MG+M The Law Firm (“MG+M”) Boston Attorneys Jennifer Whelan, Brian Gross, and Christos Koutrobis successfully obtained summary judgment for their client in a wrongful death case brought in the Superior Court of New Hampshire, Grafton County.
Plaintiff’s decedent was struck and killed by a motor vehicle while crossing a New Hampshire highway towards a newly constructed store owned by MG+M’s client (the “Client”). Prior to the construction of the new store, there was a crosswalk at or near the location in the highway where the Plaintiff’s decedent was struck and killed. The crosswalk was removed as part of the construction project, so that a turn lane into the store could be created. The client and its contractors proposed to replace the crosswalk, but the New Hampshire Department of Transportation determined that the crosswalk should not be replaced, based on its judgment that the crosswalk location created an unreasonable risk to pedestrians. Plaintiff argued it was foreseeable that pedestrians would continue to cross the highway to access the store at the location of the old crosswalk and the client owed Plaintiff’s decedent a duty to either construct an alternative pedestrian pathway across the highway or to warn pedestrians that crossing the highway at that location was no longer authorized.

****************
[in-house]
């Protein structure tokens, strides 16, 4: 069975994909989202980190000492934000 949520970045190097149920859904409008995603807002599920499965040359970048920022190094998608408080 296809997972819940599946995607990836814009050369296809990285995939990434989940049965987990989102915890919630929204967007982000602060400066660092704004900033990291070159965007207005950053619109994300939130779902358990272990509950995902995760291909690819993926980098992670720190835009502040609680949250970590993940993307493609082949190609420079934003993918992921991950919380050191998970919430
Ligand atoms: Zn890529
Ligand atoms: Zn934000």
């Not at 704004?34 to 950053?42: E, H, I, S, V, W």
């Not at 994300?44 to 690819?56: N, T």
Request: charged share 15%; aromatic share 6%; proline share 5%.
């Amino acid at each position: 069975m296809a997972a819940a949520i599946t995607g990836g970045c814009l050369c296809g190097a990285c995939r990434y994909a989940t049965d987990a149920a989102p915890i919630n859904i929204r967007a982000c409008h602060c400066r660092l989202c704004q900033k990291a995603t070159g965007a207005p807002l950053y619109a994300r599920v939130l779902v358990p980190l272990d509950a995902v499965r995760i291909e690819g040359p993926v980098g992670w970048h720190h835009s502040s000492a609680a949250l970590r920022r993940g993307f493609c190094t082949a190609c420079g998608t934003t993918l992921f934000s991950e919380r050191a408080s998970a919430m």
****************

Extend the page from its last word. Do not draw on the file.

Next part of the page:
In her opposition to the Client’s summary judgment motion, Plaintiff argued it was foreseeable to the Client that pedestrians would cross the highway to access its store, thereby creating a duty on the part of the Client. In doing do so, Plaintiff sought to rely upon the New Hampshire Supreme Court’s decision in Kellner v. Lowney, 145 N.H. 195 (2000), which held that a landowner owed a duty to a person crossing a state highway under a unique set of circumstances. In rejecting Plaintiff’s argument, the judge noted that Kellner was factually distinguishable in several significant respects, including: 1) the defendant owned and operated a motel with facilities on both sides of the highway; 2) the defendant permitted religious services to be conducted on the opposite side of the highway from where the motel guests’ living quarters were located; and 3) the plaintiff’s son was struck by a motor vehicle while crossing the highway to return to his living quarters after attending religious services. As distinguished from Kellner, the Client’s premises is located on only one side of the highway and no special relationship existed between it and the Plaintiff’s decedent, unlike the special innkeeper-guest relationship that was present in Kellner. The Court agreed with MG+M’s arguments and granted the Client’s motion for summary judgment.
This practical view and application of classic reasonableness standards affirms the general rule that a landowner’s duty typically does not extend past its boundary lines. Further, the decision highlights the State’s sole authority to make design changes on its roadways. While private individuals and corporations will continue to make design changes to state roadways and intersections, those changes are subject to the approval of the New Hampshire Department of Transportation, which remains the ultimate
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